Hosea v. Wynne

Filing 138

ORDER DENYING MOTION FOR DEFAULT JUDGMENT AND SANCTIONS by Judge Paul S. Grewal denying 112 Motion for Default Judgment; denying 112 Motion for Sanctions (psglc2, COURT STAFF) (Filed on 11/27/2012) (Additional attachment(s) added on 11/27/2012: # 1 CERTIFICATE OF SERVICE) (ofr, COURT STAFF).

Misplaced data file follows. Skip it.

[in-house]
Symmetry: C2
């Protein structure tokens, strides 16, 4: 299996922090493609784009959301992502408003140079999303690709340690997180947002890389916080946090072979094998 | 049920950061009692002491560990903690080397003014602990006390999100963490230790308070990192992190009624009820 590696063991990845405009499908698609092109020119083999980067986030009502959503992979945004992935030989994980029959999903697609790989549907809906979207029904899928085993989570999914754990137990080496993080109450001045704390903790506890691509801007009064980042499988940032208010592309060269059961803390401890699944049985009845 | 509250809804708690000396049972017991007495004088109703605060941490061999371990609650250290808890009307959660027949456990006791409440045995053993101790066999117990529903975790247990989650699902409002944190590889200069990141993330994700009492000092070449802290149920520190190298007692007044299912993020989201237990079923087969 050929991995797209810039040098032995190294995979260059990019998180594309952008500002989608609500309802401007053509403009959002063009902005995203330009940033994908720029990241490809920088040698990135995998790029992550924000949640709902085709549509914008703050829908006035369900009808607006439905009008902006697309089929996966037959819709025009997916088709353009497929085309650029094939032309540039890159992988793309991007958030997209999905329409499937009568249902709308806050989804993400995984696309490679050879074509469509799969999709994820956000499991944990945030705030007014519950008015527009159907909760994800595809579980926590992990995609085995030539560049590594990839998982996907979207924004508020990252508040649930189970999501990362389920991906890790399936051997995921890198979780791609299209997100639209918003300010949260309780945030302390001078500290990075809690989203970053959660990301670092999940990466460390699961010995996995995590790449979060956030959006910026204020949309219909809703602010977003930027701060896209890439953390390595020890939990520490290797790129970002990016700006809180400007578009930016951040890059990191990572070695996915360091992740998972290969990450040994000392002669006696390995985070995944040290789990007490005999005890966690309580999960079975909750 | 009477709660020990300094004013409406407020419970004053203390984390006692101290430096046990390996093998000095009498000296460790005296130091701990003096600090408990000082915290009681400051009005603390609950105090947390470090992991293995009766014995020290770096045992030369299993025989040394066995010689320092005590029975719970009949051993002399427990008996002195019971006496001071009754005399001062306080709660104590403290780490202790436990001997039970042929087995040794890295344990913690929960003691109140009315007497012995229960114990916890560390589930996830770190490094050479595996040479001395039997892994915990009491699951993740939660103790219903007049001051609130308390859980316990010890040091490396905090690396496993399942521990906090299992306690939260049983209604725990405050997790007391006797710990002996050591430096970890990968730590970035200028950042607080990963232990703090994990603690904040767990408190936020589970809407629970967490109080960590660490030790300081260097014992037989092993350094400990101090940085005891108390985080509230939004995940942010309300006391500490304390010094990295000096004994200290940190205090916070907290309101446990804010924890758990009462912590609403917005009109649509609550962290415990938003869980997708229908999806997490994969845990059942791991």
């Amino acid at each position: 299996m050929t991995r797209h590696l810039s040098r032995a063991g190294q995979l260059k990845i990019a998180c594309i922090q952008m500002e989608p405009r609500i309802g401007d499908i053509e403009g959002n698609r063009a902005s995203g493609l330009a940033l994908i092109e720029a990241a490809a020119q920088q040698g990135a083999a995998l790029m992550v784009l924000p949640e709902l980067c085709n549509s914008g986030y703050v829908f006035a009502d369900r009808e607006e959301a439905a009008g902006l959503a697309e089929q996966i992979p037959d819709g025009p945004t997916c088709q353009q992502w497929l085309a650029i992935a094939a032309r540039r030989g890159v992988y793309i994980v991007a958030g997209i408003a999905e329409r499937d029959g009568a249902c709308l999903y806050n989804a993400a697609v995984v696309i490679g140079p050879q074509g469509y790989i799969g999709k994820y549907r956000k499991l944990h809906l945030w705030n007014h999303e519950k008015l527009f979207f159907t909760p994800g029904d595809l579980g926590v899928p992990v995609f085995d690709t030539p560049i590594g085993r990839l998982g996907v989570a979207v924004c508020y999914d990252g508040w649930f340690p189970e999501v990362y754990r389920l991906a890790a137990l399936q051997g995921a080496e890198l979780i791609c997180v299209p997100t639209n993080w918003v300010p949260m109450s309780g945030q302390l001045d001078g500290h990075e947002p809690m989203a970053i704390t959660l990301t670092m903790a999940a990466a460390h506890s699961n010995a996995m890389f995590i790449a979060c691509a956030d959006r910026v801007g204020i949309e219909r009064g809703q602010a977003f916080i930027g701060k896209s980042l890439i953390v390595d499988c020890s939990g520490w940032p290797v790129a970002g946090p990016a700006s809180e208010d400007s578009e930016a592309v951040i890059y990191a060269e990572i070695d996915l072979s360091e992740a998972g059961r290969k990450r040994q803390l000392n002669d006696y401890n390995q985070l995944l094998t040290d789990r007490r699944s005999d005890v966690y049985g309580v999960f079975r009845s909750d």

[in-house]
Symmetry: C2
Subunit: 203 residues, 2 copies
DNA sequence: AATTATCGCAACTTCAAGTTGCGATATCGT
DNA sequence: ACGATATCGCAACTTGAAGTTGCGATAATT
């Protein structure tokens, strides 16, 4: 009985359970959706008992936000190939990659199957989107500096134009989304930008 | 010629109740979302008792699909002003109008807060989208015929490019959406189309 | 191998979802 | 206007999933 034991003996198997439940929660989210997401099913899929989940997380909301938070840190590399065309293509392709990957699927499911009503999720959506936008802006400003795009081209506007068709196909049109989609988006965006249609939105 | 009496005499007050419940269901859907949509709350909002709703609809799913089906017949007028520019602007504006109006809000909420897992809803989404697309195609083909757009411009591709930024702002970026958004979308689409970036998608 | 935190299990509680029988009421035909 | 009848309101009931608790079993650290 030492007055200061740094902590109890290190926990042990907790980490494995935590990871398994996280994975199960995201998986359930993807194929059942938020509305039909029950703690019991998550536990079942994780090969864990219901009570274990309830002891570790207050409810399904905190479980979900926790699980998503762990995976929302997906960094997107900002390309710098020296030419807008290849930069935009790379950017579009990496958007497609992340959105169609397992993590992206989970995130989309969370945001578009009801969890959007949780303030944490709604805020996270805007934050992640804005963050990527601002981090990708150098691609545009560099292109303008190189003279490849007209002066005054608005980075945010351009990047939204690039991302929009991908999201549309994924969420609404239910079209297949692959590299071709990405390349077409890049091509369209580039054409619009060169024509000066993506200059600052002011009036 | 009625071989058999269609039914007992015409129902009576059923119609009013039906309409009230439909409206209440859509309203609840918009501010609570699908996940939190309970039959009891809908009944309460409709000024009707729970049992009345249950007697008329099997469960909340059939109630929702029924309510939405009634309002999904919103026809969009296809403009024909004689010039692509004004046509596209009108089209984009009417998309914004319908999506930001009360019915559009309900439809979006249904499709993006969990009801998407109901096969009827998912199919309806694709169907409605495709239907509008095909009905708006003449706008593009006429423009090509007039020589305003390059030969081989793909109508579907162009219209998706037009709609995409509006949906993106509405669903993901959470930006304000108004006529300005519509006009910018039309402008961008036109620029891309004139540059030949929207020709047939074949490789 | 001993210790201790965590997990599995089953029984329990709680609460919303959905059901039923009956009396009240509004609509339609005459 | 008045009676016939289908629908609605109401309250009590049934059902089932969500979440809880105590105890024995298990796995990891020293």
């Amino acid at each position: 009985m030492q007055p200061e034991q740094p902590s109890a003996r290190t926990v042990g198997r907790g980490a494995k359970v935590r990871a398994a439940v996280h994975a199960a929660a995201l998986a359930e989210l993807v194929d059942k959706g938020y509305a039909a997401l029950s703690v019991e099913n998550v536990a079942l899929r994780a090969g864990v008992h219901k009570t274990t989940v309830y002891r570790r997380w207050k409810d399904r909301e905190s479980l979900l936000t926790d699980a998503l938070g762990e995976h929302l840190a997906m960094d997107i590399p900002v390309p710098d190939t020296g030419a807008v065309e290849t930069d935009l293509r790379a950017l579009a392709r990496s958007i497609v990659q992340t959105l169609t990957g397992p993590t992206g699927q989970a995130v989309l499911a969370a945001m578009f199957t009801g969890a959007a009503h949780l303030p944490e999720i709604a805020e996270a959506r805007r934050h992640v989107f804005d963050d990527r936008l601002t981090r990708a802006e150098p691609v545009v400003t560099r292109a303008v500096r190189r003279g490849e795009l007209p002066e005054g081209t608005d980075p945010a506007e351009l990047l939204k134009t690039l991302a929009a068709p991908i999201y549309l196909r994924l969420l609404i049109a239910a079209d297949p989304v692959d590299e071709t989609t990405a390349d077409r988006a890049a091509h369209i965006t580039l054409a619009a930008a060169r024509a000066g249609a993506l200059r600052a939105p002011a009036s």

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1 2 3 4 5 6 7 UNITED STATES DISTRICT COURT 8 NORTHERN DISTRICT OF CALIFORNIA 9 SAN JOSE DIVISION United States District Court For the Northern District of California 10 NATHANIEL S. HOSEA, 11 12 13 14 15 16 17 Plaintiff, v. MICHAEL B. DONLEY, SECRETARY OF THE UNITED STATES AIR FORCE, Defendant. ) ) ) ) ) ) ) ) ) ) ) ) Case No.: CV 11-02892 EJD ORDER DENYING PLAINTIFF’S MOTION FOR DEFAULT JUDGMENT AND SANCTIONS (Re: Docket No. 112) This is a race discrimination, disability discrimination, and retaliation case. On February 18 29, 2012, the court granted Plaintiff Nathaniel S. Hosea’s (“Hosea”) motion to compel Defendant 19 Michael B. Donley, Secretary of the United States Air Force (the “Secretary”) to produce certain 20 interrogatory responses, admissions, and documents. Hosea now moves for sanctions against the 21 Secretary on the basis that Secretary did not fully comply with the court’s order. The Secretary 22 opposes this motion. On November 27, 2012, the parties appeared for oral argument. For the 23 24 reasons set forth herein, the court DENIES Plaintiff’s motion for sanctions. 25 26 27 28 1 Case No.: 11-2892 EJD ORDER DENYING PLAINTIFF’S MOTION FOR DEFAULT JUDGMENT AND SANCTIONS I. BACKGROUND 1 Hosea was employed as a security officer at the Onizuka Air Station (“Onizuka AS”).1 On 2 3 July 7, 2010, Hosea was off-duty but came to the base to visit the human resources office. Hosea 4 alleges he parked his vehicle outside the gate of the base and was approached by an on-duty 5 security officer in an aggressive manner. The on-duty security officer ordered Hosea to move his 6 7 8 9 vehicle. Hosea later overheard the day-shift supervisor, who was also present on the base that day, refer to him on the on-duty officer’s radio as a “suspect.” Afterwards, Hosea was restricted from carrying a firearm at work, barred from the base, and then terminated. Hosea brought this suit on United States District Court For the Northern District of California 10 June 16, 2011, alleging this treatment was discriminatory based on his race and disability, and in 11 retaliation for complaints that he raised about the July 7 events. 12 13 14 Hosea propounded his first sets of interrogatories, document requests, and admissions in September 2011.2 On October 31, 2011, Secretary served his initial responses to the requested discovery.3 15 On November 28, 2011, Hosea filed a motion to compel further responses to his discovery 16 17 requests.4 While the court was considering the motion, the Secretary filed additional responses on 18 January 19, 2012 (“Supplemental Responses”).5 The Secretary inadvertently omitted one page of 19 the Supplemental Responses, however, which included his answers to Interrogatory No. 19 and 20 Document Request No. 13.6 21 22 1 23 The court provides a brief factual background of the underlying suit to give context to Hosea’s motion. 24 2 See Docket No. 41. 25 3 See Docket No. 122, Ex. 1 ¶ 3. 26 4 See Docket No. 47. 27 5 See Docket No. 122, Ex. 1 ¶ 6. 28 6 See Docket No. 122, Ex. 1 ¶ 8. 2 Case No.: 11-2892 EJD ORDER DENYING PLAINTIFF’S MOTION FOR DEFAULT JUDGMENT AND SANCTIONS After a hearing on the merits, the court issued an order requiring the Secretary to provide 1 2 additional responses (“discovery order”).7 On February 29, 2012, as ordered by the court, the 3 Secretary timely served additional responses on Hosea (“Court-Ordered Responses”).8 4 5 6 7 8 9 On March 8, 2012, Hosea filed a motion seeking sanctions and default judgment against the Secretary, alleging the Secretary had not timely served his Court-Ordered Responses.9 The court denied the motion, finding sanctions were unwarranted based on the Secretary’s representation that he had mailed the responses by the court-ordered deadline and Hosea’s receipt of the documents via email.10 Several months later, Hosea now files another motion seeking sanctions, including default United States District Court For the Northern District of California 10 11 judgment, alleging the Secretary continues to evade responding to Interrogatory No. 19 and 12 Document Request No. 3. Hosea asks the court to award “at least two” of the following: (1) enter 13 14 default judgment granting plaintiff his award of 1.5 million; (2) impose sanctions of $10,000 to $20,000 for failure to respond; (3) prohibit defendant from filing summary judgment until he has 15 16 responded to summary judgment.11 II. LEGAL STANDARD 17 18 The district court has broad discretion under Rule 37 to impose sanctions against a party 19 that has failed to comply with the court’s discovery order.12 However, drastic sanctions such as 20 21 22 23 24 25 26 27 28 7 See Docket No. 82. 8 See Docket No. 122, Ex. 1 ¶ 10. 9 See Docket No. 84. 10 See Docket No. 95. 11 See Docket No. 112. 12 See United States v. Am. Black Bears, 244 F. App'x 828, 829 (9th Cir. 2007). 3 Case No.: 11-2892 EJD ORDER DENYING PLAINTIFF’S MOTION FOR DEFAULT JUDGMENT AND SANCTIONS 1 2 default judgment should not be imposed unless the party’s noncompliance was “due to willfulness, fault, or bad faith.”13 3 III. DISCUSSION 4 Hosea bases his claim for sanctions on two alleged failures to comply with the court’s 5 discovery order, responses to Interrogatory No. 19 and Document Request No. 3. 6 1. The Secretary’s Compliance with Interrogatory No. 19 7 Hosea claims the Secretary did not adequately respond to Interrogatory No. 19. 8 9 Interrogatory No. 19 requests an explanation for why Pavelko “failed to conduct an investigation United States District Court For the Northern District of California 10 with Plaintiff and Michael L. Olive, before he banned Plaintiff from entering the base on 14 of July 11 2010?”14 The Secretary had originally responded that “while… Pavelko did not engage in a 12 specific ‘investigation,’ he did engage in fact-gathering.”15 In his Supplemental Responses and 13 14 Court-Ordered Responses, the Secretary added that Pavelko did not think it necessary to communicate with Hosea directly because “Hosea’s submissions relating to the incidents were 15 16 passed along to Pavelko.”16 Also, the Air Force personnel office had advised Pavelko not to meet 17 with Hosea directly as not to disqualify himself as a potential appellate authority for Hosea’s 18 case.17 19 The Secretary responded adequately to Interrogatory 19. Hosea argues that the Court- 20 Ordered Response does not provide the specific facts gathered by Pavelko. However, the language 21 of Hosea’s own Interrogatory 19 does not ask for that information; rather, the Interrogatory simply 22 23 13 Sigliano v. Mendoza, 642 F.2d 309, 310 (9th Cir. 1981). 14 Docket No. 112, Ex. 1-B at 1. 15 Id. at 2. 16 Docket No. 112, Ex. 1-B at 2. 17 See id. 24 25 26 27 28 4 Case No.: 11-2892 EJD ORDER DENYING PLAINTIFF’S MOTION FOR DEFAULT JUDGMENT AND SANCTIONS 1 2 asks for the reasons why Pavelko did not engage in a specific investigation. A party cannot be sanctioned for answering a question it was not asked. The Secretary’s Compliance with Document Request No. 3 3 2. 4 Hosea also argues the Secretary failed to respond to Document Request No. 3. This request 5 6 7 8 9 was for the Secretary to produce a copy of the “do not arm” action that was issued to the plaintiff from Capt. Benvenuto. The Secretary originally directed Hosea to page 122 of the Administrative Record, which is the initial order sent via email.18 The court observed it was unclear whether the actual email was produced and ordered the Secretary to produce the referenced email.19 The United States District Court For the Northern District of California 10 Secretary reiterated the email was available in the Administrative Record, which had already been 11 produced to Hosea.20 The Secretary further responded that there was no other more formal 12 document responsive to Hosea’s request.21 13 14 The Secretary may not have re-produced the email as requested by the court, but their noncompliance can hardly be attributed to “willfulness, fault, or bad faith.”22 The Secretary 15 16 believed they had already produced the document to Hosea. The Secretary produced the document 17 again in its Opposition to this motion.23 As it does not appear the Secretary acted in bad faith or in 18 willful noncompliance, the court finds that sanctions on these grounds are inappropriate. 19 20 Although Hosea does not specifically bring a motion to compel, Hosea appears to request additional information such as the procedures used by the Secretary in fact-gathering prior to 21 22 18 See Docket No. 112, Ex. 1-A at 7. 19 Id. 20 Id. 21 Id. 22 Sigliano, 642 F.2d at 310. 23 See Docket No. 122, Ex. 4. 23 24 25 26 27 28 5 Case No.: 11-2892 EJD ORDER DENYING PLAINTIFF’S MOTION FOR DEFAULT JUDGMENT AND SANCTIONS 1 2 banning Hosea from the base. The Secretary argues that to the extent Hosea’s motion could be construed as a motion to compel, such a motion would be untimely. The court agrees with the Secretary. Civil Local Rule 37-3 states “no motions to compel 3 4 fact discovery may be filed more than 7 days after the fact discovery cut-off.” Fact discovery 5 ended on September 30, 2012.24 Any motion would have had to be filed by October 9, 2012. This 6 motion was filed on October 18, 2012, nine days after the deadline. Discovery has long since 7 8 closed. IV. CONCLUSION 9 Hosea’s Motion for Default Judgment and Sanctions is DENIED. United States District Court For the Northern District of California 10 11 Dated: November 27, 2012 12 _________________________________ PAUL S. GREWAL United States Magistrate Judge 13 14 15 16 17 18 19 20 21 22 23 24 25 26 27 28 24 See Docket No. 107. 6 Case No.: 11-2892 EJD ORDER DENYING PLAINTIFF’S MOTION FOR DEFAULT JUDGMENT AND SANCTIONS